While elevated hs-CRP 30 days after AMI was associated with worse health status in unadjusted analyses, this was not significant after adjusting for comorbidities, suggesting that hs-CRP may be a marker of comorbidities associated with worse health status. Whether reducing inflammation in AMI patients will improve health status should be tested in ongoing trials.

    Soluble HLA-DR serum levels are associated with smoking but not with acute coronary syndrome

    Elevated soluble HLA-DR (sHLA-DR) serum levels have been reported in HLA class II-associated inflammatory disorders. Tolva et al. previously showed that the HLA class II allele HLA-DRB1*01 may predispose to acute coronary syndromes (ACS). However, sHLA-DR serum levels have never been studied in ACS.

    sHLA-DR serum levels in serum were measured in 477 ACS patients and 475 area- and sex-matched controls by sandwich enzyme-linked immunosorbent assay. Binary logistic regression and ordinal logistic regression analyses adjusted for clinical parameters were conducted to evaluate the associations of sHLA-DR levels.

    ACS patients had lower sHLA-DR serum levels compared to controls. After adjustment for smoking status, this association was no longer significant. This was explained by the notion that current smoking was inversely associated with sHLA-DR levels in both cases and controls. A similar effect was not observed with other cardiovascular risk factors.

    The results indicate that lower sHLA-DR levels are associated with smoking, but not with ACS. This is an important finding because previous studies of sHLA-DR have not accounted for the possible associations between smoking and sHLA-DR levels. Further studies are required to confirm these novel results and explore the mechanisms behind the observed associations.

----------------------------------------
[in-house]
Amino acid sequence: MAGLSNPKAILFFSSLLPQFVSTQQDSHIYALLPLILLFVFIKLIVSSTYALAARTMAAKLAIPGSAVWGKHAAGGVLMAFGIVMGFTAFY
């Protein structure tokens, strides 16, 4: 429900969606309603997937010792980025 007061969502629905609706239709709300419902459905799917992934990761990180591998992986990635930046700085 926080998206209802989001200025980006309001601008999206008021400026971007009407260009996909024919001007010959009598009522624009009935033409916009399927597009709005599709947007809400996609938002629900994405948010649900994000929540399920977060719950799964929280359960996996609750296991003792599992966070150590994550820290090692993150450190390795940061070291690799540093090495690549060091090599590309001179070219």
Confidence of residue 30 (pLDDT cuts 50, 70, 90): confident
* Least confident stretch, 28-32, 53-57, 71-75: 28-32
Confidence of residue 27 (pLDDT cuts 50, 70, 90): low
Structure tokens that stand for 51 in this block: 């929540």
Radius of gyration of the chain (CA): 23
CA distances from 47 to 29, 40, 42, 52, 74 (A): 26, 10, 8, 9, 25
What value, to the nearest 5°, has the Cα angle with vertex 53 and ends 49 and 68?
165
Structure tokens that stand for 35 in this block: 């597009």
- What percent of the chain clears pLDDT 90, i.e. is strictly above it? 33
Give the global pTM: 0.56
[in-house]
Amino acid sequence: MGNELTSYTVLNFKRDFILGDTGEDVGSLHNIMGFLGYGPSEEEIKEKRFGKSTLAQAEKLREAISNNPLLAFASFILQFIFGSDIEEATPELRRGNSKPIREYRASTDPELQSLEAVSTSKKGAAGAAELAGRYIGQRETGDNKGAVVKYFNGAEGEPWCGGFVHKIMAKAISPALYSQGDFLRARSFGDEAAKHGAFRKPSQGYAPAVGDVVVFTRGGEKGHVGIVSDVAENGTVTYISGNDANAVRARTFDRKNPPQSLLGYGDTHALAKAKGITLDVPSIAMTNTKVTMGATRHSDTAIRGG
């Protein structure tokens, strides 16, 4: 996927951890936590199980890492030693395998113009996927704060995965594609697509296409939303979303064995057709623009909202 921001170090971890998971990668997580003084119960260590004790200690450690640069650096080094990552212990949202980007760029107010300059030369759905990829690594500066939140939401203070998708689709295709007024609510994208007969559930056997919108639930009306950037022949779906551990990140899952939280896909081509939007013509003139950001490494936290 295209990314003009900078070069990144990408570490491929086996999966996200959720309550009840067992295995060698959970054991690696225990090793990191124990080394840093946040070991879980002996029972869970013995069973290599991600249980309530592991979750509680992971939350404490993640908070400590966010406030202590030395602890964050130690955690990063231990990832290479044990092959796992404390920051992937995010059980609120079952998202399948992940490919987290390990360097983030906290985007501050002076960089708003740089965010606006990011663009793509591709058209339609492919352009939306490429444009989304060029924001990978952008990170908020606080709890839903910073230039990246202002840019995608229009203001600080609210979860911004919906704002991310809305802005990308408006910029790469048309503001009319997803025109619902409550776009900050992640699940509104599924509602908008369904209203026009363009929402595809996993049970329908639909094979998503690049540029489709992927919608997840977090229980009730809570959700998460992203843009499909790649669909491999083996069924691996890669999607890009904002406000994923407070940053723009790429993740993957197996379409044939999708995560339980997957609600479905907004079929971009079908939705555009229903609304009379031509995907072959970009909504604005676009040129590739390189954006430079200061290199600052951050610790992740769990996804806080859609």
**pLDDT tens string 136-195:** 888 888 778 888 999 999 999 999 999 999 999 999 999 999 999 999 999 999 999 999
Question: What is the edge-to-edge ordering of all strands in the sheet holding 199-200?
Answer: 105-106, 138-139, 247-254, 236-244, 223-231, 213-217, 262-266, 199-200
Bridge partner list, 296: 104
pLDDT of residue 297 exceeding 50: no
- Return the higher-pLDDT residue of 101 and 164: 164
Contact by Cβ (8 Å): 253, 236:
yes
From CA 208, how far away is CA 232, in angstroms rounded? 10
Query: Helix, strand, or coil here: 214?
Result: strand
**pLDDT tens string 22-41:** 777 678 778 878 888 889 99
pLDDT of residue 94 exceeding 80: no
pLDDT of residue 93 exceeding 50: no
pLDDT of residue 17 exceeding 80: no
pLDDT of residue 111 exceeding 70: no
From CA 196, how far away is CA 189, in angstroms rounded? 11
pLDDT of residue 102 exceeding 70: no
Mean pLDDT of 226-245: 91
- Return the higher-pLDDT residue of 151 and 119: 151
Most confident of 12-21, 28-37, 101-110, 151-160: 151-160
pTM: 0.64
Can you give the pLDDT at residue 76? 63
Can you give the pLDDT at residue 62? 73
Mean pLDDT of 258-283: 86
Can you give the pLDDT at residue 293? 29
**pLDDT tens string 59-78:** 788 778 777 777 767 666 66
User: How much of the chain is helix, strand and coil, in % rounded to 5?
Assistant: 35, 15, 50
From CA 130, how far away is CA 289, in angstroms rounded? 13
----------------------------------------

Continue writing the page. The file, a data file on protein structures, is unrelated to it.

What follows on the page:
Identification of a novel proinsulin-associated SNP and demonstration that proinsulin is unlikely to be a causal factor in subclinical vascular remodelling using Mendelian randomisation

    Increased proinsulin relative to insulin levels have been associated with subclinical atherosclerosis (measured by carotid intima-media thickness (cIMT)) and are predictive of future cardiovascular disease (CVD), independently of established risk factors. The mechanisms linking proinsulin to atherosclerosis and CVD are unclear. A genome-wide meta-analysis has identified nine loci associated with circulating proinsulin levels. Using proinsulin-associated SNPs, Strawbridge et al. took advantage of a Mendelian randomisation approach to test the hypothesis that proinsulin plays a causal role in subclinical vascular remodelling.

    They studied the high CVD-risk IMPROVE cohort, which has detailed biochemical phenotyping and repeated, state-of-the-art, high-resolution carotid ultrasound examinations. Genotyping was performed using Illumina Cardio-Metabo and Immuno arrays, which include reported proinsulin-associated loci. Participants with type 2 diabetes were excluded from the analysis. Linear regression was used to identify proinsulin-associated genetic variants.

    A proinsulin locus on chromosome 15 (rs8029765) was identified and replicated in data from 20,003 additional individuals. An 11-SNP score, including the previously identified and the chromosome 15 proinsulin-associated loci, was significantly and negatively associated with baseline (IMT)mean and IMTmax (the primary cIMT phenotypes), but not with progression measures. However, MR-Eggers refuted any significant effect of the proinsulin-associated 11-SNP score, and a non-pleiotropic SNP score of three variants (including rs8029765) demonstrated no effect on baseline or progression cIMT measures.

    While proinsulin levels are associated with cIMT measures, proinsulin per se is unlikely to have a causative effect on cIMT.

    Dronedarone exerts anticoagulant and antiplatelet effects independently of its antiarrhythmic actions